These 120 characters can make a big difference to engagement and the power of your profile. Use this space to entice readers to click and learn more about your work and experience.
Craft a super summary
The LinkedIn summary or About section is often under-utilised by even experienced users.
Many leave it completely blank or type in a short tagline better suited for a LinkedIn headline – boring! This is a waste of an important piece of LinkedIn real estate which could be used to let your personality and flair shine!
You have 300-350 words in which to strengthen your profile by adding some personality, optimising your search terms, telling your story, and inspiring readers.
Bringing your skills to life and telling others what you could do for them is vital. But never settle for your first draft, run it past people you respect and adapt accordingly. And if you see something great in someone else’s summary then don’t be afraid to adapt it – as long as it applies to you!
Banish the buzzwords
LinkedIn profiles can all start to sound alike when we focus on the same slightly meaningless buzzwords. With every ‘expert’ showing ‘leadership’ while also being a ‘team-player’, ‘creative’ and ‘passionate’ these words lose their power.
Instead, remember the classic advice to “show, not tell,” You need to ‘show’ the reader you have these qualities rather than just ‘tell’ them.
It can take some work but you can readily do this in both your headline, summary and the content and comments you feature about yourself.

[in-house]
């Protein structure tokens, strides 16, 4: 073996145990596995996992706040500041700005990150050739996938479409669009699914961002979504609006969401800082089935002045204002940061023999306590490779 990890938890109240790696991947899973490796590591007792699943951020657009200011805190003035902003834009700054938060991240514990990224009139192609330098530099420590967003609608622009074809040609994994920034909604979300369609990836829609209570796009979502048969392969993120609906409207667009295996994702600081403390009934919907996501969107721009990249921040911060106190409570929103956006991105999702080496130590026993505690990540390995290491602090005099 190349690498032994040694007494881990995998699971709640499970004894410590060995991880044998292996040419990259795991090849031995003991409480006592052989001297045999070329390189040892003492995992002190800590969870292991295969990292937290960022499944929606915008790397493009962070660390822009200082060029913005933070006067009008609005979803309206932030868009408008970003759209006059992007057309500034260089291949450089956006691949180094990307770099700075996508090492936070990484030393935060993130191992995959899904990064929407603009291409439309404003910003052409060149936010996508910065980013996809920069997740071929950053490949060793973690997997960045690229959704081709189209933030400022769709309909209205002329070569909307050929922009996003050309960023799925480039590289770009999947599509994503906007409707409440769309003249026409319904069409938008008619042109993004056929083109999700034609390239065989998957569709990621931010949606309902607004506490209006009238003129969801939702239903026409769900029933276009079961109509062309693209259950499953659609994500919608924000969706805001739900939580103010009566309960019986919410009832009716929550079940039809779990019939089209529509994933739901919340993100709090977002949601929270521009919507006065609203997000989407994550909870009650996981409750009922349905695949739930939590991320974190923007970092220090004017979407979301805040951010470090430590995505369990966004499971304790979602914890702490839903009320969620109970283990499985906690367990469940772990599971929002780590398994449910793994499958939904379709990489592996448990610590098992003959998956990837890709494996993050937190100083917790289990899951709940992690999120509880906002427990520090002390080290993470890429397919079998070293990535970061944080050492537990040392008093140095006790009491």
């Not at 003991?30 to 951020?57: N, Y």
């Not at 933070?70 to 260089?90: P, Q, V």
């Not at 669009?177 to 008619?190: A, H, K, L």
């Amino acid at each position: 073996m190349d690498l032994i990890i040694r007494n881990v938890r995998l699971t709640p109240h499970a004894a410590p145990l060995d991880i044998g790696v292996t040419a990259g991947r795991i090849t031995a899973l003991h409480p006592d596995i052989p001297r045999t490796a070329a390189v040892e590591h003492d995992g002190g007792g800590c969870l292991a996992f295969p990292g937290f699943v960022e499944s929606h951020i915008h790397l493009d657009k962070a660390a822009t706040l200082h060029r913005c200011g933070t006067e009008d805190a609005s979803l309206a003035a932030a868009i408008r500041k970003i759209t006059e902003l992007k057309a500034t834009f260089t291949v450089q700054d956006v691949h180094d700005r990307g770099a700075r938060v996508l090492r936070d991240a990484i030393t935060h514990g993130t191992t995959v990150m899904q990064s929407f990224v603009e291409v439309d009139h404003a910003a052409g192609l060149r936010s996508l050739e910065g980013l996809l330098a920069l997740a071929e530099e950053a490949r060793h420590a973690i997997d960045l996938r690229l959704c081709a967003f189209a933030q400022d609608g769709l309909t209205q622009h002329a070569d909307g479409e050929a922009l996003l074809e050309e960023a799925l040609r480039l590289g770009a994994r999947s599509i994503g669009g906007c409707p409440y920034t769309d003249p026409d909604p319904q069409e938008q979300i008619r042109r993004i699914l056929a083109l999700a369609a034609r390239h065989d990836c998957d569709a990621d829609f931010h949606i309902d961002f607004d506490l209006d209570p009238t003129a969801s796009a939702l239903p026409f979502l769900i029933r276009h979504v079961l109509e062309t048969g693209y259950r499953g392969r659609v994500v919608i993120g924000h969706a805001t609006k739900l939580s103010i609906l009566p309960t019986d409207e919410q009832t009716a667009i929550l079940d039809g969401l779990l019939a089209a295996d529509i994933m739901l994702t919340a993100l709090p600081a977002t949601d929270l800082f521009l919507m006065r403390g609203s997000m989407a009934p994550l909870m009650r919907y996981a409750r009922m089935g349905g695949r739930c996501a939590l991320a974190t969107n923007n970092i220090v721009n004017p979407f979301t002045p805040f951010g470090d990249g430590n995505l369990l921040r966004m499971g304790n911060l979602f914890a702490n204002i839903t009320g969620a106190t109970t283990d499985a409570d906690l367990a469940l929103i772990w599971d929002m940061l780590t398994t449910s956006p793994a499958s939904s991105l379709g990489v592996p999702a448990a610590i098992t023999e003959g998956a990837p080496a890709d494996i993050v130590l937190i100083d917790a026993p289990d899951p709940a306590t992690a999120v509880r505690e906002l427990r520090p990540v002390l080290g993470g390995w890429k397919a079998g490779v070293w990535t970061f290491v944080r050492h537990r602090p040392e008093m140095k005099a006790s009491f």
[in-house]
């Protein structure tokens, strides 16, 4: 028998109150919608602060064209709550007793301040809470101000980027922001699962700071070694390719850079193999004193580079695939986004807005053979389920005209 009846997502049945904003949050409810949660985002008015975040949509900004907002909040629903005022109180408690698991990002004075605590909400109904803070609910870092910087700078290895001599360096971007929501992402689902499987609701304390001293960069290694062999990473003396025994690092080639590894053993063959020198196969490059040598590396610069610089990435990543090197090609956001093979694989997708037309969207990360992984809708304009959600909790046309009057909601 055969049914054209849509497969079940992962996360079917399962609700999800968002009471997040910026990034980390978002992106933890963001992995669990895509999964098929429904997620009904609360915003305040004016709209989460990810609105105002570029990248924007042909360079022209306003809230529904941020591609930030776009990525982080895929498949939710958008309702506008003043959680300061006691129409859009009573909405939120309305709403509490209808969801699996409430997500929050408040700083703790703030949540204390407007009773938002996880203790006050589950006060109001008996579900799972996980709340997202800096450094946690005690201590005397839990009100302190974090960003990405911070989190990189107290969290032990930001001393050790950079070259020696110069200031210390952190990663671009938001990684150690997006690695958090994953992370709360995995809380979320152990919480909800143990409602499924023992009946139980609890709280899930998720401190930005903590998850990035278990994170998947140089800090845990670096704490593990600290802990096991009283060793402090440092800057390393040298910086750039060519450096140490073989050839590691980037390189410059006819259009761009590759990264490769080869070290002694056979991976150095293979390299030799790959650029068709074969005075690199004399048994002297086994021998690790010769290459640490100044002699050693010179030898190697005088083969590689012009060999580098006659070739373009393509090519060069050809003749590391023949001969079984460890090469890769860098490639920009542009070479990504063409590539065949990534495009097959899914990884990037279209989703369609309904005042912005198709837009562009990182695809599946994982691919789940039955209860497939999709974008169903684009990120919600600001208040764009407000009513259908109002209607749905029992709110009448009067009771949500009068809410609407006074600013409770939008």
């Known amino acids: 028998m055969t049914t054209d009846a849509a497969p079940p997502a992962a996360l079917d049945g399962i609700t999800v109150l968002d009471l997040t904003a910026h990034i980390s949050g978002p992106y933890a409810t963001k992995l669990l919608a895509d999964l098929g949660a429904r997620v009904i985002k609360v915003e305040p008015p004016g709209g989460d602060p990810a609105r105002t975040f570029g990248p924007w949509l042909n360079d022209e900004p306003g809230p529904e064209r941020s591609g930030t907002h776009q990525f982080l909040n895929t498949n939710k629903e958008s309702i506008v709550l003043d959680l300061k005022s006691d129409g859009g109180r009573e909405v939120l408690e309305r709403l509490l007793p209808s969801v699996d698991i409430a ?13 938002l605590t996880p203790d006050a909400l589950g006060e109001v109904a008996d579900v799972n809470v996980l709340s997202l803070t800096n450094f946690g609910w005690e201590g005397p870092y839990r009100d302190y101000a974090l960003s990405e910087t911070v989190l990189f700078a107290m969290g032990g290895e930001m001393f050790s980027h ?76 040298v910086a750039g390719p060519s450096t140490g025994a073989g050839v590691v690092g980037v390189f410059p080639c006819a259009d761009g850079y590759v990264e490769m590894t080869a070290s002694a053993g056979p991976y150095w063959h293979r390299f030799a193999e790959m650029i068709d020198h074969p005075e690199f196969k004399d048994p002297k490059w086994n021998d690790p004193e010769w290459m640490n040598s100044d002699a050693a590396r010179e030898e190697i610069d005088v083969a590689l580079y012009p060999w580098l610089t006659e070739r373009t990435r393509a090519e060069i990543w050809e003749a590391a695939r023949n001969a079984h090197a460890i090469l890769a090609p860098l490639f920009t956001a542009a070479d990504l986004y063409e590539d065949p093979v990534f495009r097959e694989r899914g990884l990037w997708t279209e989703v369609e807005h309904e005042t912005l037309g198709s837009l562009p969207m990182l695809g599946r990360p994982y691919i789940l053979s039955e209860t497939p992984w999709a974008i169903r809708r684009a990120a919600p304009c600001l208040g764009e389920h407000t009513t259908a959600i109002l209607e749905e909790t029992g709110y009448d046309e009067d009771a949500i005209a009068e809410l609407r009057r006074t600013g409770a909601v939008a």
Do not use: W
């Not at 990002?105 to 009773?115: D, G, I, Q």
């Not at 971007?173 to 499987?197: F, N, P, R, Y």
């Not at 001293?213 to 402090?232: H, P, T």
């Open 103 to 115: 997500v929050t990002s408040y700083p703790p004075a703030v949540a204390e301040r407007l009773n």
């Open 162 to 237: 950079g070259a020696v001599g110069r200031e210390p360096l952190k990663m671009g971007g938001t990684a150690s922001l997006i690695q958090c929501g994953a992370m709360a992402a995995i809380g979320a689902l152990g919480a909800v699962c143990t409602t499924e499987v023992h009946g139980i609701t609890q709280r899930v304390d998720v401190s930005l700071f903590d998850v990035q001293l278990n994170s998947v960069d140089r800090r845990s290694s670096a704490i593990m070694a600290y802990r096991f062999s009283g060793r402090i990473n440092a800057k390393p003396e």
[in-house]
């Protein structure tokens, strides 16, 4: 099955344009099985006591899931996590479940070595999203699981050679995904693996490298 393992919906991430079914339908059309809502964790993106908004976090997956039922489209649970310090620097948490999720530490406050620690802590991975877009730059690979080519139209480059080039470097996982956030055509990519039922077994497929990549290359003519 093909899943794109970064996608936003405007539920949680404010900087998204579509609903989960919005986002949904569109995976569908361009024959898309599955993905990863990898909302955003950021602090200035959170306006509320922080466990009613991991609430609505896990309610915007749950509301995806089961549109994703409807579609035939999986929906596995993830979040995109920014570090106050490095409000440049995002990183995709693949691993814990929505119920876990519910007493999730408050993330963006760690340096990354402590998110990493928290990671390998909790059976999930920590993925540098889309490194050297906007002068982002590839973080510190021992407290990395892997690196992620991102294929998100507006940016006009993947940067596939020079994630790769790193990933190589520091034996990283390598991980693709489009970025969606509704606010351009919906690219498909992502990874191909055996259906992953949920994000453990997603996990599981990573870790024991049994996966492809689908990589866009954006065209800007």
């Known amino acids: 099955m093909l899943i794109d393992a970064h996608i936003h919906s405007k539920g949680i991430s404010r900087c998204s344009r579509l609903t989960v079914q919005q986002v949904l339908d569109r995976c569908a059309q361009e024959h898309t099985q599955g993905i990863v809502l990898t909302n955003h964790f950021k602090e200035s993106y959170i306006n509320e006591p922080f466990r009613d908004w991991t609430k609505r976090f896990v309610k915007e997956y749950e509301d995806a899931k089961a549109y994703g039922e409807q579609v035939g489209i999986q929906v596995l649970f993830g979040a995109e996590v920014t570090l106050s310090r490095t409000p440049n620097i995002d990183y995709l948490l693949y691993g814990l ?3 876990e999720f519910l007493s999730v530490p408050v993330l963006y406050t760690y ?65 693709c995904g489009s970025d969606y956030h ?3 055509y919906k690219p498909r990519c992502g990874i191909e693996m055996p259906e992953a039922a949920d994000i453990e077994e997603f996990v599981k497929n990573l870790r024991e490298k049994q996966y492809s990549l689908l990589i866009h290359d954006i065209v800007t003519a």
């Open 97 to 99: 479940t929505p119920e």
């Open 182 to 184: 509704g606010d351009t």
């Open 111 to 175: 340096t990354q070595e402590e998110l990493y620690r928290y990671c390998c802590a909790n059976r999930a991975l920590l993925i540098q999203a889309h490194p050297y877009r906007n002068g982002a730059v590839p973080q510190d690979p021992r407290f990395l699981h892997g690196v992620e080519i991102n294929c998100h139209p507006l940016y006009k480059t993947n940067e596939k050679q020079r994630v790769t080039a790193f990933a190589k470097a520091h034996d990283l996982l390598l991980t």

Ignore keywords at your peril
Always add industry specific keywords within your summary and job history.
From banking to security all business sectors have their own unique keywords that recruiters or business people search for.
For example, if you’re able to work wonders with InDesign or Photoshop you’ll want these keywords front and centre in your profile.
Create a vibrant network
There are many ways to grow your network but a good place to start is with your email contacts. By synching this with your profile you’ll be able to transfer any pre-existing connections into LinkedIn.
After this, get into the habit of following up any networking conversations with a LinkedIn connection request.
It’s a great way to keep the conversation going and adds vibrancy to your network of contacts. Even if something doesn’t come from this immediately you never know when it might pay off down the line.
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Update your skills
To support what you’re saying in your headline and summary, you need to identify your skills to other users.
It also makes it easier for network contacts to endorse you for these talents. However, have a regular review of your skills list to keep it relevant and up to date.
If you feel confident then you could take a LinkedIn Skills Assessment to demonstrate your abilities. Displaying a Verified Skills badge on your profile is perfect for strengthening your personal brand.
Endorse, endorse, endorse
Endorsements are vital to a healthy LinkedIn profile.
Seeing an endorsement from someone you know and trust carries a huge amount of weight within the LinkedIn network. Endorsements from others will give you credibility in the eyes of colleagues and recruiters.
A good way to get them is to first endorse other people in your network. Once you endorse them they will often endorse you back. And don’t be afraid to ask a connection if they would consider endorsing you – provided it’s for a relevant skill that they know you have.
Just as we place a lot of trust in a recommendation for a mobile phone insurance provider from friends and family, the same works in the business world.